Graphic paper troubles: Not just a North American problem
May 29, 2013
Rapid on-going decline in the production of Canadian graphic papers (that is, printing & writing paper and newsprint), primarily driven by a shift in consumer demand toward electronic media, has been well documented in recent years. It is clear from looking at the data that the same phenomenon has been occurring in the U.S. and Europe as well.
Graphic paper production in North America and Northwestern Europe (1961-2011)
In Canada, the U.S. and Northwestern Europe, graphic paper production began expanding steadily at a rate of approximately 1 million tonnes per year in the early 1960s. However, total production in North America levelled off in 1994, and began a precipitous decline of just over 2 million tonnes per year in 2004. Northwestern European expansion continued as its earlier rate until 2004, however, and then began to fall at just under 2 million tonnes per year beginning in 2007. North American and European experiences of declining demand for graphic paper seem to be very similar, with the exception that the European peak was delayed by a decade relative to North America, and the length of their production plateau was shortened. It seems likely that the delay in European decline was caused by the relatively wide range of per capita incomes within Europe. Subject to cultural factors, paper consumption increases with income, but declines with income past a certain point (due to the ability of relatively wealth consumers to switch to electronic media options). While some of the less affluent European countries remained below this tipping point, paper production was able to continue to expand after relatively wealthier North America had already started to decline.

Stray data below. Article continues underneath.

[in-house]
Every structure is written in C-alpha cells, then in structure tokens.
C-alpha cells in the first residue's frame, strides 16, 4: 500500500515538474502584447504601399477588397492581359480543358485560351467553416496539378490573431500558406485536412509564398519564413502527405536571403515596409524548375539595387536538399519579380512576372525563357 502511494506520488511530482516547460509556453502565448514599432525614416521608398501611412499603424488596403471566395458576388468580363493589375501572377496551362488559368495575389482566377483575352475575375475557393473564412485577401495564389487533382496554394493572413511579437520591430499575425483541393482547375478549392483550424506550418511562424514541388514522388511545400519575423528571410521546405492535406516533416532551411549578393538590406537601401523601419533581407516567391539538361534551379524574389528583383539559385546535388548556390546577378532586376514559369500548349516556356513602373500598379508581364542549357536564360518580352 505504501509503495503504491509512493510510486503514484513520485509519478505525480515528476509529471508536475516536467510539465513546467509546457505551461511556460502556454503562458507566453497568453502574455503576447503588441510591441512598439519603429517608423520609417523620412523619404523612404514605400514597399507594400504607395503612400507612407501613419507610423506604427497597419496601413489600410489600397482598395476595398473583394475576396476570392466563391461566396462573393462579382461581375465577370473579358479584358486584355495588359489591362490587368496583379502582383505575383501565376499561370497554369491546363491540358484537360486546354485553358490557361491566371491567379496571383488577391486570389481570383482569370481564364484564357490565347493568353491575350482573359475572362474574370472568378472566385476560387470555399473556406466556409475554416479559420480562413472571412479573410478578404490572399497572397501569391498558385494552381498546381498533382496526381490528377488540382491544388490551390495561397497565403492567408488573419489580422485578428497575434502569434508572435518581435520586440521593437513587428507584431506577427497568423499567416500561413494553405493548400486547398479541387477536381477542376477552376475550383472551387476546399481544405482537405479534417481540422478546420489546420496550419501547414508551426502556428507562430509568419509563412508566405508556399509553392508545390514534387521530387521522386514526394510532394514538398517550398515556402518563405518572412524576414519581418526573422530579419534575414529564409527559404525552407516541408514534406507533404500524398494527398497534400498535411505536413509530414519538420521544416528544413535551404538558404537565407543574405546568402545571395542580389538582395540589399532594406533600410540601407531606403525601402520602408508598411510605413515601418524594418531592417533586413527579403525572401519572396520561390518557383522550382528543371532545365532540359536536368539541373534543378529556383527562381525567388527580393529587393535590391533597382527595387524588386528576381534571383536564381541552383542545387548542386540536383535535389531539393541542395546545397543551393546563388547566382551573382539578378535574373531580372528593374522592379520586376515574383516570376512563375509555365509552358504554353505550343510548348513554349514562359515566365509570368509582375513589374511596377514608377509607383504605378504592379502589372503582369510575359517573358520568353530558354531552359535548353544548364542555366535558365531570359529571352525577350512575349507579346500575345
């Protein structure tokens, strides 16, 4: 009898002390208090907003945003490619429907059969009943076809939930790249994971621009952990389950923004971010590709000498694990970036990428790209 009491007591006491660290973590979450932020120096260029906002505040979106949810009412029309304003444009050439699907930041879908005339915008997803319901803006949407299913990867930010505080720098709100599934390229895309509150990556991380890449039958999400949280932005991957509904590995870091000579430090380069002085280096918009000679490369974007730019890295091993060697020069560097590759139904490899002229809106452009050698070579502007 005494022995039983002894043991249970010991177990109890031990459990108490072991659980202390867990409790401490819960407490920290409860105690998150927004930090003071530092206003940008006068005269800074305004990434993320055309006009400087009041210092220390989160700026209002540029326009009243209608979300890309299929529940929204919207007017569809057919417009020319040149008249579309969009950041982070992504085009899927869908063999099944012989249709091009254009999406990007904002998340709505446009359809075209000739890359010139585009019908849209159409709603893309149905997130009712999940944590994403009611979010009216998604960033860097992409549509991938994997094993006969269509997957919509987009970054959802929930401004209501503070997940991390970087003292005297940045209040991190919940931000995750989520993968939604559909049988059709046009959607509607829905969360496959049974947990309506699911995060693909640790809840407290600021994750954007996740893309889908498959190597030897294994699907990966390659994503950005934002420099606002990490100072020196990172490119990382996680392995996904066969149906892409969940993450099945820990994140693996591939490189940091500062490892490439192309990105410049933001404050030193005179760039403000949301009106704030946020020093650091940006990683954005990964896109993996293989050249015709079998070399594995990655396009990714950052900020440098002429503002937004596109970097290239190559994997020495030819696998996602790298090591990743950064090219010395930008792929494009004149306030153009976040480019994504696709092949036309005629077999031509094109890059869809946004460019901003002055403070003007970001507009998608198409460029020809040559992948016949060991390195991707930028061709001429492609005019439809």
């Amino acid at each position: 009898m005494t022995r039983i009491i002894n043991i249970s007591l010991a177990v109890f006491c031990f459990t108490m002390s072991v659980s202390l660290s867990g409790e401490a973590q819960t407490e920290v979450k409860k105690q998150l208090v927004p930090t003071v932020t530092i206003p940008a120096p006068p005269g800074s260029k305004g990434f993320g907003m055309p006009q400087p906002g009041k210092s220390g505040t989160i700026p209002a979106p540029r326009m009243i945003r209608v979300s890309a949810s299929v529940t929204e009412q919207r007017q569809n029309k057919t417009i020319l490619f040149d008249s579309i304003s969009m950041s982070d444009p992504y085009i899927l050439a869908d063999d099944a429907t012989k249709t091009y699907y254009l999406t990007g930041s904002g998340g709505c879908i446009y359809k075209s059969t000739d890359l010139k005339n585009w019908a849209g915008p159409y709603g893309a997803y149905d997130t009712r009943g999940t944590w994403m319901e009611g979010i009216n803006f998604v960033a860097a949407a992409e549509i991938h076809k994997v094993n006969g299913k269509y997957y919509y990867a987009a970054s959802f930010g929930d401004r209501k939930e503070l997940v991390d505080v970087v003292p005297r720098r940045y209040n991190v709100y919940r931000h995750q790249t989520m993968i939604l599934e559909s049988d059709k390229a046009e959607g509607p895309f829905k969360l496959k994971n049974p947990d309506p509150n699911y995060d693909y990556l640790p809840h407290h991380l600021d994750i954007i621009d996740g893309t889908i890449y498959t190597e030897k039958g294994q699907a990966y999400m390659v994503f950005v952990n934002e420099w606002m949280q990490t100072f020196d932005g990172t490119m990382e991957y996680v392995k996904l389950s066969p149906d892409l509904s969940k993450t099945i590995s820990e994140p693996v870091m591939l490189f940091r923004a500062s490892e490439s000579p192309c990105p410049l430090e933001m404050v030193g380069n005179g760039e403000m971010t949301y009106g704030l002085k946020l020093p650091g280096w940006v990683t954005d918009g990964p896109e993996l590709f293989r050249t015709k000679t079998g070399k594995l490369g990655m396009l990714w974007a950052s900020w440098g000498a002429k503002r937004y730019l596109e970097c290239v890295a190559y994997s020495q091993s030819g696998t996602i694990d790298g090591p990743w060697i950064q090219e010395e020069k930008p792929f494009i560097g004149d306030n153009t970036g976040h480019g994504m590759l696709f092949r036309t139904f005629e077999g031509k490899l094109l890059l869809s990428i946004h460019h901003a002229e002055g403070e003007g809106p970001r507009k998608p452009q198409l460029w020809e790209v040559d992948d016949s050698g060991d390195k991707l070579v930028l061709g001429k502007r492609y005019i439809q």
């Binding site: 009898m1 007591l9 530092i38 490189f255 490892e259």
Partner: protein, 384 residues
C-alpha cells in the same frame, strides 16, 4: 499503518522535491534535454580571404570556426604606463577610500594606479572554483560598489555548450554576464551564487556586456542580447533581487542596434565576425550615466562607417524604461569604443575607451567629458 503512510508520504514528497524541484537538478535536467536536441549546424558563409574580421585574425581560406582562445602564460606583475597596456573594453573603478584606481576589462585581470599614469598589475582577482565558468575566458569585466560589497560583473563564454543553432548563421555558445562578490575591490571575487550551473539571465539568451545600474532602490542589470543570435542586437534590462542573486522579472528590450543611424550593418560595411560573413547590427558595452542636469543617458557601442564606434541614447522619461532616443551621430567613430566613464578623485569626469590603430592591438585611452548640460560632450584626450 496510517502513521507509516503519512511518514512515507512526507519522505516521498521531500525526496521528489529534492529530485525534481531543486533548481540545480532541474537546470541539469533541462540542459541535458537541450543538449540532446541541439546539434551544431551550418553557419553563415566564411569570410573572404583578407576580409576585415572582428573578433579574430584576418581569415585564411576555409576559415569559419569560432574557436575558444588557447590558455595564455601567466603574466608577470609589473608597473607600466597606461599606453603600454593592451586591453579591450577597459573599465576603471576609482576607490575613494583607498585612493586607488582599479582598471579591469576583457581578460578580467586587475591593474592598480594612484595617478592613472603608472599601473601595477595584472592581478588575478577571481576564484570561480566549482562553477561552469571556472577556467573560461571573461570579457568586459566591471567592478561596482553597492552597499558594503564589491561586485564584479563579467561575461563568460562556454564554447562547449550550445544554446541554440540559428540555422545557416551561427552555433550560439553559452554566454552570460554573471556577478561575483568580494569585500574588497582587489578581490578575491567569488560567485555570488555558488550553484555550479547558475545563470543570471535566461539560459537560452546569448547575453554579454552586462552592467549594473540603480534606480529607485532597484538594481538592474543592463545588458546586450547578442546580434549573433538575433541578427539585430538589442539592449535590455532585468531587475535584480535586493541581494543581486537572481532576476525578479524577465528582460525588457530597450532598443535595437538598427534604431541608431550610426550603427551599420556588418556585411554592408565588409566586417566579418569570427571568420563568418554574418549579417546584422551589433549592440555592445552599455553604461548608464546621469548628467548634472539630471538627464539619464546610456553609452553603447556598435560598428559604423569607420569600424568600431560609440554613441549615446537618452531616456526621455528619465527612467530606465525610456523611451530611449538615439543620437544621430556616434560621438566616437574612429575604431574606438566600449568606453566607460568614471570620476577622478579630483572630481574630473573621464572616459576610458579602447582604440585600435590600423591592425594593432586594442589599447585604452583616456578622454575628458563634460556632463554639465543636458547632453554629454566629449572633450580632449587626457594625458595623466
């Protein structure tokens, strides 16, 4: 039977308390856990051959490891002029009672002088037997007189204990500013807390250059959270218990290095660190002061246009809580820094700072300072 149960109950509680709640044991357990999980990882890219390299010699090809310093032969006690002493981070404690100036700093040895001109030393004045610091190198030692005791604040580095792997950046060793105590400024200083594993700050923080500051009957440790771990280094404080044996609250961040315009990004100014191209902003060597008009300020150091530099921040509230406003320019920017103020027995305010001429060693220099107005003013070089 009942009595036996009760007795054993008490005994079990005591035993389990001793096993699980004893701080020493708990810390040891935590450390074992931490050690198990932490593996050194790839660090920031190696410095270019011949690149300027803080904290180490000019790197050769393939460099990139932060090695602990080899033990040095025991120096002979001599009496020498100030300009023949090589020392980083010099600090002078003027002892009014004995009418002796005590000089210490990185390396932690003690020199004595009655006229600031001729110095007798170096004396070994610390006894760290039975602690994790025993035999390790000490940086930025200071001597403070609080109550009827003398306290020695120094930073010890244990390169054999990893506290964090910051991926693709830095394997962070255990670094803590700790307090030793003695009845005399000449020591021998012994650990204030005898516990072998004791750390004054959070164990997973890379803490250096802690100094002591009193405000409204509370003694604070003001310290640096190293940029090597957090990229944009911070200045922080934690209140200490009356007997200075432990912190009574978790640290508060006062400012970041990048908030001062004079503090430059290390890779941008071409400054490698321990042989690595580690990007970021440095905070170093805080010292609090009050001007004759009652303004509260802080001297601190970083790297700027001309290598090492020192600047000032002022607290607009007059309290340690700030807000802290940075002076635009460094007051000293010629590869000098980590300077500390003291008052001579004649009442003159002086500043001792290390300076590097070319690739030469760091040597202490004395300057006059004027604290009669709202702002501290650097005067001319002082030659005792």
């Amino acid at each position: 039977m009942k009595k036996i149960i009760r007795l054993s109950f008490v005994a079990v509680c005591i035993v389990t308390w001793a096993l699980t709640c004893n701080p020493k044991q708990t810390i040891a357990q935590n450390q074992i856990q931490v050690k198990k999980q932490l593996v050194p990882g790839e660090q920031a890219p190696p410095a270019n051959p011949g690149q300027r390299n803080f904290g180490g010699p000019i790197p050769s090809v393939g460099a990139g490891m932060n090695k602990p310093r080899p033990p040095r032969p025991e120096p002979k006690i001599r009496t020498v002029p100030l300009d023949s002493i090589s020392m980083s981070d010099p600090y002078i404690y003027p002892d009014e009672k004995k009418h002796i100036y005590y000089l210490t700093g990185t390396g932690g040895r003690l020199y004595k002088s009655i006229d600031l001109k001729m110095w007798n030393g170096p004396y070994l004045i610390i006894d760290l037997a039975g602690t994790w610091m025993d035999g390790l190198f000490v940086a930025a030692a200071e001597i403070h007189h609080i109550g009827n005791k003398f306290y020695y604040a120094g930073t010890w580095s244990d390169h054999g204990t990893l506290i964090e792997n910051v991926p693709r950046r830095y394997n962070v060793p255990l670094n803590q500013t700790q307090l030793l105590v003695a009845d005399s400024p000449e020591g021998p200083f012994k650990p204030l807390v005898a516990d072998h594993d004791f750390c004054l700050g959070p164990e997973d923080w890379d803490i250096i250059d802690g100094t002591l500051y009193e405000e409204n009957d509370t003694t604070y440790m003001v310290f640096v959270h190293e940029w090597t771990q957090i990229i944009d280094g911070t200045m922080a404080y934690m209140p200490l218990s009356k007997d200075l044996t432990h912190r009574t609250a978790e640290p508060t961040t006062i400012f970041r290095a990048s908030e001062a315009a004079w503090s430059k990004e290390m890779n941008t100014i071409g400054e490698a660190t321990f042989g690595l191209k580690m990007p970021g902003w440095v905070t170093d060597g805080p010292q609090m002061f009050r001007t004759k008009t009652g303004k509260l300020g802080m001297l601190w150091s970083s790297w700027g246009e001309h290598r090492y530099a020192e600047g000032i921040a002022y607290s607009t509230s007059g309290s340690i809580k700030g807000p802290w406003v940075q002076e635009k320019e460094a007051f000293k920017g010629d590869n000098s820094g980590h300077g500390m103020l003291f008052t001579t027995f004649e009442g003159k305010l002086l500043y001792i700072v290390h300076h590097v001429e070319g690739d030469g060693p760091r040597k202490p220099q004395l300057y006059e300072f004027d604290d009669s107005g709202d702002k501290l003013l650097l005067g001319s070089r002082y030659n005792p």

This has left the graphic paper sector on both continents noticeably smaller: North American production is down to levels not seen since the late 1970s, while Northwestern Europe is down to mid-1990s levels. Given the on-going European recession, it is likely that their rate of decline will accelerate, potentially bringing them even closer to North American decline levels within a few years.